Years later, he had an epiphany illuminating a purpose for his life. He decided to dedicate himself to doing everything he could to help the most people around the world; in essence, paying it forward. But he realized, if he was going to help billions of people, he had to think big.

    “It takes the same amount of time and energy to solve a small problem as it does a big one, so why not go out and attack a big one? The pertinent question is: Is it going to change the life of millions/billions of people?”

    Thus began Naveen’s quest to imagine, and accomplish, a better planet. “What we can’t imagine, we can’t achieve.”

    When Naveen recognized that technology was moving at such a pace that individuals and small groups of people could do things that could previously only be tackled by governments and large companies, he imagined that he could take advantage of resources located where no private company had gone before: the moon.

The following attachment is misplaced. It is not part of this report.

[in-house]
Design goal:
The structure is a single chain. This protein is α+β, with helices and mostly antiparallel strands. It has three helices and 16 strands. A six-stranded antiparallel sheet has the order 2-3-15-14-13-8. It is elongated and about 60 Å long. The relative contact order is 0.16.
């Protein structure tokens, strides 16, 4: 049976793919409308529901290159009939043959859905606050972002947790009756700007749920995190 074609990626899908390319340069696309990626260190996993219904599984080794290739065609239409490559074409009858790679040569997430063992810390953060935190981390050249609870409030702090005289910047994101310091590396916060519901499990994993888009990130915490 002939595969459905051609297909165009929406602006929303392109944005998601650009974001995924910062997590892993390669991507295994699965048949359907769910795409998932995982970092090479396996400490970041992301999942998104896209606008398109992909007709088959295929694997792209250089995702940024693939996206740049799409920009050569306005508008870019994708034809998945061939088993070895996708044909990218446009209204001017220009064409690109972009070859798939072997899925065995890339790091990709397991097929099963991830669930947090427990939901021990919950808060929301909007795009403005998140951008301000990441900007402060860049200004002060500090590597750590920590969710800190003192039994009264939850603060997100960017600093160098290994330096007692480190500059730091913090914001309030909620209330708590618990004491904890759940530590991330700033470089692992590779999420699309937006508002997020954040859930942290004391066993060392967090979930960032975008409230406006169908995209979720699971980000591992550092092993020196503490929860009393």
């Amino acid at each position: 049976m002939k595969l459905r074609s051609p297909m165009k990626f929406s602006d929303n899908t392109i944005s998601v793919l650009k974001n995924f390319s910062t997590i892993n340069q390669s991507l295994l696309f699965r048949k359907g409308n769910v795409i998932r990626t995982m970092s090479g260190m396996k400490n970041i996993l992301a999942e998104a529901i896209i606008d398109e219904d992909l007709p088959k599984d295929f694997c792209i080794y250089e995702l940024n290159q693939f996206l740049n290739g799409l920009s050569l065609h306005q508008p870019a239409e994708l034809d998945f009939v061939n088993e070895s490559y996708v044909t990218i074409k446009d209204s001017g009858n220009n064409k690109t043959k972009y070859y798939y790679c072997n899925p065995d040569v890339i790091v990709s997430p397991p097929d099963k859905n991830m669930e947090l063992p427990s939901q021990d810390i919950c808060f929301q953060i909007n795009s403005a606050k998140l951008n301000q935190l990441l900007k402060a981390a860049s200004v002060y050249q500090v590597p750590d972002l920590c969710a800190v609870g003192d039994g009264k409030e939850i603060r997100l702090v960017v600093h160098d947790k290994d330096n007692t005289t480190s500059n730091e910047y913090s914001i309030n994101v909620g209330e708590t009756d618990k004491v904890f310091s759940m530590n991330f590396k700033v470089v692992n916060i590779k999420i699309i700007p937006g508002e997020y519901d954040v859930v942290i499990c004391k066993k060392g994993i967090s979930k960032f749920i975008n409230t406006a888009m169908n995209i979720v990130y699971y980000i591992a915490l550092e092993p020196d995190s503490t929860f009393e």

“Don’t put limitations on your own mind. Don’t think of what the world is today. Imagine the world the way you think it could be. If we believe something is impossible, then it will be impossible in your mind. Ask the correct questions; imagine and ask yourself ‘what if?’ Imagination is the only thing that limits us to what we can achieve.”

    Instead of dismissing the idea, as most people would, Naveen co-founded Moon Express to mine resources on the moon — materials like gold, cobalt, platinum, and Helium-3 (nuclear energy fuel).

    Moon Express applied to the US government for a permit to mine on the moon. Understandably, the government scratched their heads for a long period of time. But his persistence and vision paid off, and now Moon Express is the only company allowed to leave the earth’s orbit and land on the moon.